A company logo hangs outside a Tesla Inc. store in Bern, Switzerland, on Thursday, Aug. 16, 2018. Tesla chief executive officer Elon Musk has captivated the financial world by blurting out via Twitter his vision of transforming Tesla into a private company. (Photographer: Stefan Wermuth/Bloomberg)

David Einhorn Says Tesla Resembles Lehman

(Bloomberg) -- David Einhorn, a prominent critic of Tesla Inc., bashed the electric-car maker, saying its woes resemble those of Lehman Brothers Holdings Inc. before the bank failed.

“Like Lehman, we think the deception is about to catch up to TSLA,” Greenlight Capital said in a quarterly letter Friday seen by Bloomberg. “Elon Musk’s erratic behavior suggests that he sees it the same way.”

David Einhorn Says Tesla Resembles Lehman

Einhorn, who rose to prominence with his wager against Lehman, pointed to parallels by saying the bank “threatened short sellers, refused to raise capital (it even bought back stock), and management publicly suggested it would go private” in the months leading up to its collapse.

The Greenlight letter argues that Musk thought he could lower the cost of producing the Tesla Model 3 -- long billed with a starting price of $35,000 -- by cutting manufacturing expenses and automating its factories.

But he said Tesla’s costs ended up exceeding expectations, leading the company to charge much higher prices. This predicament, Einhorn believes, has been the source of the Tesla CEO’s “erratic behavior.” Customers are unhappy because the car is more expensive than what Musk promoted when taking their deposits, Einhorn said.

“He can’t make the car without losing too much money and he can’t bring himself to cancel the program and refund everyone’s deposits,” Einhorn wrote.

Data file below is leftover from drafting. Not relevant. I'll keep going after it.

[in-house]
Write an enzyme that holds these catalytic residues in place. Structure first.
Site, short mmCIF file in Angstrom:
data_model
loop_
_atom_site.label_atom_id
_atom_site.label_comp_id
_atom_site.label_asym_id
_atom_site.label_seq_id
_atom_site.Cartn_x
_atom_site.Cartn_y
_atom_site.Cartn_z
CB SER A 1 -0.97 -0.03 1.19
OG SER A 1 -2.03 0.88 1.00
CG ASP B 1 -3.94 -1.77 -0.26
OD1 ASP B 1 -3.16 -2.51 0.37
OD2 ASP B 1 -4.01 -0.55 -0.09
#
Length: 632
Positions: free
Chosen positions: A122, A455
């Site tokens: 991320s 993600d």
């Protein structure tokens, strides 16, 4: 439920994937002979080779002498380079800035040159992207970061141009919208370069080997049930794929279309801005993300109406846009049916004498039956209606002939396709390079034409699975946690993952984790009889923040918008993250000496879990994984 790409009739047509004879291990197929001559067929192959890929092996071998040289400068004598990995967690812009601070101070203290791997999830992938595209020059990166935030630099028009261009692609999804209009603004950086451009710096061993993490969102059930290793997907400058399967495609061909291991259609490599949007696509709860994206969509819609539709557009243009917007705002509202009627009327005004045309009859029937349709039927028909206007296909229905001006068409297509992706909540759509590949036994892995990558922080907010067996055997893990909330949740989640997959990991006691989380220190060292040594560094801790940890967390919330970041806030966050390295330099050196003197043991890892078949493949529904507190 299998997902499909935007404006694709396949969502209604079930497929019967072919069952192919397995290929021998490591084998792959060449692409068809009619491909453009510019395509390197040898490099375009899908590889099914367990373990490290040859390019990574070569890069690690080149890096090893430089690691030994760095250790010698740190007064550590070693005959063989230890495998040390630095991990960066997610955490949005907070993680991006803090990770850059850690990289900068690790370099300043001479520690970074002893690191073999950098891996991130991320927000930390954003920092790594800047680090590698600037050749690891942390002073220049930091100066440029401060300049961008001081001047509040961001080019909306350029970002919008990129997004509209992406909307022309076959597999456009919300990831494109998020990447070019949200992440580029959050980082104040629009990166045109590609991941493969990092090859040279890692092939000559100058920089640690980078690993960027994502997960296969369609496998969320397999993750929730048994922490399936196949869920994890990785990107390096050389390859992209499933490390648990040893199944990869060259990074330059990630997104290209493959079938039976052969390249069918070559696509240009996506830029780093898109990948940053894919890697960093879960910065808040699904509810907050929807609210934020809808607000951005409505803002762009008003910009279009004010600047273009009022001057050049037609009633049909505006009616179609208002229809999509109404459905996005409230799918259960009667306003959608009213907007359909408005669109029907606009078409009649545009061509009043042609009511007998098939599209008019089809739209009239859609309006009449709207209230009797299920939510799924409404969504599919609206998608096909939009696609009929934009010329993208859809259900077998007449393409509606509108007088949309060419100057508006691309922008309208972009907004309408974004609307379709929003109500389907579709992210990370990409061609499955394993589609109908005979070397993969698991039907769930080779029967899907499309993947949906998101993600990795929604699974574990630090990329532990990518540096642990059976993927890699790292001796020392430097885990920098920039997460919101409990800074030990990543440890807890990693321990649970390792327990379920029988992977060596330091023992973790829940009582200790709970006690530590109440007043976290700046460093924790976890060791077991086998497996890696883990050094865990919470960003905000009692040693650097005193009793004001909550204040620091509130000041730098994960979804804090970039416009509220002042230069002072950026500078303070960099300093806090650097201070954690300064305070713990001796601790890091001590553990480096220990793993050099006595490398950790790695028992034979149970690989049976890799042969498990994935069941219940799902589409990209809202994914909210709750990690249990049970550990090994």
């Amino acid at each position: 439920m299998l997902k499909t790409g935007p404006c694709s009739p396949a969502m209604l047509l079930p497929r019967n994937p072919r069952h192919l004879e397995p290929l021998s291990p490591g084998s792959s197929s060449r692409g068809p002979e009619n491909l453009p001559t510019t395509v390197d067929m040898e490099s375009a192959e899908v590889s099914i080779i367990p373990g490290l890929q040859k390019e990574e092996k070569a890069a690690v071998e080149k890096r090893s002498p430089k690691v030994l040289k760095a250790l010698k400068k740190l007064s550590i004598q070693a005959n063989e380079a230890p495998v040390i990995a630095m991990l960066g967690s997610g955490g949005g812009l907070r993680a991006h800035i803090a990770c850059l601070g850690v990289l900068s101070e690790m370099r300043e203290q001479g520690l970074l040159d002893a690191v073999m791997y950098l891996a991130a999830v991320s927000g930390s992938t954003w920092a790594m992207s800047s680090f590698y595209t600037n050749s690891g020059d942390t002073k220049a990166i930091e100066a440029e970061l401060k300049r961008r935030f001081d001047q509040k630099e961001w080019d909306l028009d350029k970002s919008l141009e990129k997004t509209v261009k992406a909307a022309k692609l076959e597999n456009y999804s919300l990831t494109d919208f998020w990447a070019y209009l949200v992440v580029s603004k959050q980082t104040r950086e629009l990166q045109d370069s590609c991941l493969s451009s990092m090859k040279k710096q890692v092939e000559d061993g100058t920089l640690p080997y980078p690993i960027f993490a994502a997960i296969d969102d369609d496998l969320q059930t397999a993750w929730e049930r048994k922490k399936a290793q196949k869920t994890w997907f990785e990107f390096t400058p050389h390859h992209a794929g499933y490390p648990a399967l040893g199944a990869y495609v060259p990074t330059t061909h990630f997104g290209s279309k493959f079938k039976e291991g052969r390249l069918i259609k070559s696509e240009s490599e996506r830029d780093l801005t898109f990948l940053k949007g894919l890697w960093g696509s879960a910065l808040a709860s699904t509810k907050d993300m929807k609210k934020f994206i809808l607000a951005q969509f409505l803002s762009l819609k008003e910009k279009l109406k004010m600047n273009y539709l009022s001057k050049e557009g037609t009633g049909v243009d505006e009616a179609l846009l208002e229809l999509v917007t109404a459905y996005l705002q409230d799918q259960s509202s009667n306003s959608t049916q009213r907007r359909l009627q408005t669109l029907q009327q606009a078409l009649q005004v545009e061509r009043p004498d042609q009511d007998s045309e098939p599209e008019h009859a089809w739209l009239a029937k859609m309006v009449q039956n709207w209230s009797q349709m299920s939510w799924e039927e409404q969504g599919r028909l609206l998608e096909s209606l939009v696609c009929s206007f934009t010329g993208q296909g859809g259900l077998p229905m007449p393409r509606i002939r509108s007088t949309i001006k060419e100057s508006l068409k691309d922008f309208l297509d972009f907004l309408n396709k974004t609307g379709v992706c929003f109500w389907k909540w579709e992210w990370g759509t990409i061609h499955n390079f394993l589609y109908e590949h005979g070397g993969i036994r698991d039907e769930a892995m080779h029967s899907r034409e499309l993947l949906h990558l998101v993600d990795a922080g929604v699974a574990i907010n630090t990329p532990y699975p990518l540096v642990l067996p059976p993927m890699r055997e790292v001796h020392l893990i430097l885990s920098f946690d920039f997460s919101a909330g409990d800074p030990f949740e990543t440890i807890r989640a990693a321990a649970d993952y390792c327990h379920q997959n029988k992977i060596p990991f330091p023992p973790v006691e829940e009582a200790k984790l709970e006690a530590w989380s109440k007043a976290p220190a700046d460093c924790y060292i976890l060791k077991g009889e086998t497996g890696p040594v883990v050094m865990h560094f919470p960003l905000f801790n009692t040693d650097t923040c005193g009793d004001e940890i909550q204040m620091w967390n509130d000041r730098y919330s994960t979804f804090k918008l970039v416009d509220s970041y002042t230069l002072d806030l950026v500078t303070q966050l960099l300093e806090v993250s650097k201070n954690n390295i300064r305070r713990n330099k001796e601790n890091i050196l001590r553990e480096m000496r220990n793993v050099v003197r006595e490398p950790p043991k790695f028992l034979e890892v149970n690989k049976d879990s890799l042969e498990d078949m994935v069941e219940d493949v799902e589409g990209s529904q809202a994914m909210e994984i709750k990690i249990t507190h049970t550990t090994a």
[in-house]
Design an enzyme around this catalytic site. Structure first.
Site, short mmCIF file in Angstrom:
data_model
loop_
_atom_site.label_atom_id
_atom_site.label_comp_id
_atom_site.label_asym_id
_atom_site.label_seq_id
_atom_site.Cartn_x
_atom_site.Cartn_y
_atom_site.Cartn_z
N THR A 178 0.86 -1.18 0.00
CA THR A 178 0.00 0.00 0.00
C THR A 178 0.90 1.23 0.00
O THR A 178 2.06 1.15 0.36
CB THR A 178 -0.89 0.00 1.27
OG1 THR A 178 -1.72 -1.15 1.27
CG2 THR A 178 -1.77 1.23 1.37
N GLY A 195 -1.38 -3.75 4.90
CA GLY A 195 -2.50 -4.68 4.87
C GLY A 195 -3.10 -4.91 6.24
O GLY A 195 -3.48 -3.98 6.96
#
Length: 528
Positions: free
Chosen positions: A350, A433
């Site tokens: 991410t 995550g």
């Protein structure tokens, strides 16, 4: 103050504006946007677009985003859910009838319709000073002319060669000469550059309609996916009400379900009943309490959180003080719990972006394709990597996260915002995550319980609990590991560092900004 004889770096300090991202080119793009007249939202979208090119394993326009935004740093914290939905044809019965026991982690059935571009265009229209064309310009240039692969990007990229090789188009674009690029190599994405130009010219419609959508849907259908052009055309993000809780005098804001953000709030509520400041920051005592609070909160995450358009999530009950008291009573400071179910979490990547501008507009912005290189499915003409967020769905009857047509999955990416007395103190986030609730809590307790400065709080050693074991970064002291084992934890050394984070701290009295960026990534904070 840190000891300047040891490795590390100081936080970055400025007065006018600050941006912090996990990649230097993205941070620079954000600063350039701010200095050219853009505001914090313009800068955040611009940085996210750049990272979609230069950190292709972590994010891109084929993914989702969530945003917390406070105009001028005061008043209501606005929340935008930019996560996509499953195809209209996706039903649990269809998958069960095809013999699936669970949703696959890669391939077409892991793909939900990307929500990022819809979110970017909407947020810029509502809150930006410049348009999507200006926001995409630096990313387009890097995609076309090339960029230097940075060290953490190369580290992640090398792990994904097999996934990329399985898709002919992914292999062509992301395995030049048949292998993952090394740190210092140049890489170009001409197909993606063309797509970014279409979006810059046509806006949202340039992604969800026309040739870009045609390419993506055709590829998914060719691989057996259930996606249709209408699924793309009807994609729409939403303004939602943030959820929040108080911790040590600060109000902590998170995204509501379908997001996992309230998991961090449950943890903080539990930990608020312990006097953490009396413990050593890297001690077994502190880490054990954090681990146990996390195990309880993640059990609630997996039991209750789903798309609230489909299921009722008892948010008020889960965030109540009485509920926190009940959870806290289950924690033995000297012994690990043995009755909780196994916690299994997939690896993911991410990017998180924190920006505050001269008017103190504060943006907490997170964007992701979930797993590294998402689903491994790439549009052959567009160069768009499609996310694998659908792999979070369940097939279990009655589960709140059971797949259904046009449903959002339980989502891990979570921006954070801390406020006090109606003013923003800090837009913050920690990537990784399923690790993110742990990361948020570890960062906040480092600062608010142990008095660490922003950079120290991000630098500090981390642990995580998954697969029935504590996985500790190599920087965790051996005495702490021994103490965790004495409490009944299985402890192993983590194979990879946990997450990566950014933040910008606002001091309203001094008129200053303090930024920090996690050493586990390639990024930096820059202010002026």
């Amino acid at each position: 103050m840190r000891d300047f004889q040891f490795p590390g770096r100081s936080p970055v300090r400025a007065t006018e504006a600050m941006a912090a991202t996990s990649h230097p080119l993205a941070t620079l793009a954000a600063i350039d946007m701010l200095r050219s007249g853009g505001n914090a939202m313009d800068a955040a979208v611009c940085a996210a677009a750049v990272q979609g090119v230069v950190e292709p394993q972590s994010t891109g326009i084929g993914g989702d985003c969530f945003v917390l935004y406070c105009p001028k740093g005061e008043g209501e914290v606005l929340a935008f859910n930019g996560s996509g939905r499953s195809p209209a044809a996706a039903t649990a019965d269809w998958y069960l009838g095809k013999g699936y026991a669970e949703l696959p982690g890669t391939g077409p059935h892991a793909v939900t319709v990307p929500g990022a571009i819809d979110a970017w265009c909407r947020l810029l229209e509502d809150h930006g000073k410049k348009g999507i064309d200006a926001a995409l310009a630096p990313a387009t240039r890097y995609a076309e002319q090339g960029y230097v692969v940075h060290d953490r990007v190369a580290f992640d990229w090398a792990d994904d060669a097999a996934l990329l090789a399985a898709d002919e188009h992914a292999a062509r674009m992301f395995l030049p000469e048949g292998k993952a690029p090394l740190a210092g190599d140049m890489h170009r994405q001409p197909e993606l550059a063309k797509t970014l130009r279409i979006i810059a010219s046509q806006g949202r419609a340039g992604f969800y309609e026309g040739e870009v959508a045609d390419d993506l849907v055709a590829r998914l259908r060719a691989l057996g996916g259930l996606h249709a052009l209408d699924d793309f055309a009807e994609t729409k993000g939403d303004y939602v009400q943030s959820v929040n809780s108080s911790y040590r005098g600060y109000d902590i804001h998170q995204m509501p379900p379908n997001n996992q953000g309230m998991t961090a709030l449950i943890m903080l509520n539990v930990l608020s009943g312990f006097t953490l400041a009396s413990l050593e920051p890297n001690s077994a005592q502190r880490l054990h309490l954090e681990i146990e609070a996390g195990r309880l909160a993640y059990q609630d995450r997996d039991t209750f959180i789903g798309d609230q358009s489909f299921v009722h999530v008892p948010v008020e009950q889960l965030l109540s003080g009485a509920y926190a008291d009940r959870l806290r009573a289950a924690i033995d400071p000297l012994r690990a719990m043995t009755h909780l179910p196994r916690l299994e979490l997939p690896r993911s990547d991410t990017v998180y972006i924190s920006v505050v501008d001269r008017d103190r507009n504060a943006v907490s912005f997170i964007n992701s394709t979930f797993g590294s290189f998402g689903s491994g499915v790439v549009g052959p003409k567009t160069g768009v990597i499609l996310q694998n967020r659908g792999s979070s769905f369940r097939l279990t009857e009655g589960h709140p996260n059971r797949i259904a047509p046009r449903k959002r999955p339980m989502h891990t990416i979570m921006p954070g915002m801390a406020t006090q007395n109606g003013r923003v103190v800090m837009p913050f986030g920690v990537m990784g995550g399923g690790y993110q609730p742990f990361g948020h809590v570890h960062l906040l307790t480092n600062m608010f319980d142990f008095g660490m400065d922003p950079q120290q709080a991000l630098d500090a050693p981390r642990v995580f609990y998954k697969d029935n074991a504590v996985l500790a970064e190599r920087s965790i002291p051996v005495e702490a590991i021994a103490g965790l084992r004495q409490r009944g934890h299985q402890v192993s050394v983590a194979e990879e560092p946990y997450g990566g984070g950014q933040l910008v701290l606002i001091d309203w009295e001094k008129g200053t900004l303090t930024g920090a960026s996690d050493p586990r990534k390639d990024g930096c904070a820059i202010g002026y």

The upshot: Musk is trying to get himself fired, Einhorn said. “Quitting isn’t an option because it prevents Mr. Musk from claiming he could have fixed the problem if he stayed.”

Short sellers like Einhorn have been a long-running target of Musk’s ire, and the feud continued on Thursday after he mocked the U.S. Securities Exchange Commission as the “Shortseller Enrichment Commission.” The CEO sent the tweet just days after settling a fraud lawsuit with the agency over his questionable tweets claiming to have the funding and investor support secured to take Tesla private.

Musk and a Tesla representative didn’t respond to a request for comment. The CEO has insisted that the company won’t need to raise capital, citing his expectation that higher output of Model 3 sedans will generate profit and positive cash flow in the third and fourth quarters.

In his letter Friday, Einhorn said his short position on Tesla was his second-biggest winner in the third quarter.

But this year is shaping up to be Greenlight’s worst ever. Its main fund has lost 26 percent through September.

As critical as Musk has been of shorts, he and Einhorn have engaged in some playful banter recently. After the hedge fund manager wrote in a letter to clients months ago that he was happy that his lease on a Tesla had ended, citing problems with its touch screen and power windows, Musk responded on Twitter.

Einhorn said in his letter that after a two-day offsite review of the firm’s positions last month, he and his team think they have a “deep understanding" of their portfolio. Some changes were made, but Greenlight is mostly sticking with their ideas.

“Most of our company theses are intact,” the letter said.

Outlining his firm’s other holdings, Einhorn said the firm exited Apple Inc. in the third quarter at $228 a share after first buying it in 2010. It made more than $1 billion on its position, the letter said.

Einhorn said Greenlight’s efforts helped move Apple to aggressively repurchase stock, driving up earnings-per-share. But the manager sold his position, saying the company’s valuation is now less enticing and he has concerns about the U.S. trade war with China, where iPhones are assembled.

The firm is “somewhat worried about Chinese retaliation against America’s trade policies,” the letter said.

Other highlights from the letter:

  • The biggest winner during the quarter was Brighthouse Financial Inc., which announced a share buyback during the quarter.
  • Greenlight added a position in Altice USA Inc., which should benefit from rebuilding its network with fiber in the next few years.
  • The firm exited Micron Technology Inc. when his team sensed that DRAM prices could fall.
  • Regulatory risks around social media companies caused the hedge fund to exit its stake in Twitter Inc. after a 78 percent gain in eight months.
  • Greenlight’s largest disclosed long positions at the end of the third quarter were AerCap Holdings NV, Brighthouse, General Motors Co., Green Brick Partners Inc. and gold.

For more on Tesla, check out the Decrypted  podcast:

©2018 Bloomberg L.P.